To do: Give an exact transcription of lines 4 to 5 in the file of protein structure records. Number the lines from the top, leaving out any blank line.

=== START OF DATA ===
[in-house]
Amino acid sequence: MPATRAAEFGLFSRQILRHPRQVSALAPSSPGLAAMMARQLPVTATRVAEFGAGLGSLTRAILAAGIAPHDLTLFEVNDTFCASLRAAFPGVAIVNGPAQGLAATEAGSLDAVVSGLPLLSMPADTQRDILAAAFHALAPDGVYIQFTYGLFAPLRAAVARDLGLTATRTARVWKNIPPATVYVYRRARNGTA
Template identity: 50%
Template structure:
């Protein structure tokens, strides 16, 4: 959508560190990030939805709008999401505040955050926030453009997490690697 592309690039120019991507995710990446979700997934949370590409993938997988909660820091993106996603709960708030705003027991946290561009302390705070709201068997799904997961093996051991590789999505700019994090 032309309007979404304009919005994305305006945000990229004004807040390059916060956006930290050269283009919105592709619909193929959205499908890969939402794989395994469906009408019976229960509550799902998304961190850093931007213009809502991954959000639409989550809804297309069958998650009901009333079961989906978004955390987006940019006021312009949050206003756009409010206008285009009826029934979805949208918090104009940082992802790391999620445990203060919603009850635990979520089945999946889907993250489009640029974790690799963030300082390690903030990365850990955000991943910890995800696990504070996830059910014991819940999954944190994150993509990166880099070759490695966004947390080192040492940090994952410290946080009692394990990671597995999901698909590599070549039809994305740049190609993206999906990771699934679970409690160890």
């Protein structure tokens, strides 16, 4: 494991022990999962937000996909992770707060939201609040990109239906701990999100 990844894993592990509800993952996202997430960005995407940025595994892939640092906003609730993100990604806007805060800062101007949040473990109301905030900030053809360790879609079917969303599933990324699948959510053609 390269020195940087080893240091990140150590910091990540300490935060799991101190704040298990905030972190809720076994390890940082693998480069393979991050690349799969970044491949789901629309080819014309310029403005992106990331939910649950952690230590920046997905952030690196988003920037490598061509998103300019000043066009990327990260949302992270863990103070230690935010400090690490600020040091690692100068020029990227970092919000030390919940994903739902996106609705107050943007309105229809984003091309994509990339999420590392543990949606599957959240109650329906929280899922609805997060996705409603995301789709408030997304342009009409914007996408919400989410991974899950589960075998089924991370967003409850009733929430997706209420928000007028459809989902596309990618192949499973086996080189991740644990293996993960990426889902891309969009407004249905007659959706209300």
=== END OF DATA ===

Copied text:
Template structure:
């Protein structure tokens, strides 16, 4: 959508560190990030939805709008999401505040955050926030453009997490690697 592309690039120019991507995710990446979700997934949370590409993938997988909660820091993106996603709960708030705003027991946290561009302390705070709201068997799904997961093996051991590789999505700019994090 032309309007979404304009919005994305305006945000990229004004807040390059916060956006930290050269283009919105592709619909193929959205499908890969939402794989395994469906009408019976229960509550799902998304961190850093931007213009809502991954959000639409989550809804297309069958998650009901009333079961989906978004955390987006940019006021312009949050206003756009409010206008285009009826029934979805949208918090104009940082992802790391999620445990203060919603009850635990979520089945999946889907993250489009640029974790690799963030300082390690903030990365850990955000991943910890995800696990504070996830059910014991819940999954944190994150993509990166880099070759490695966004947390080192040492940090994952410290946080009692394990990671597995999901698909590599070549039809994305740049190609993206999906990771699934679970409690160890």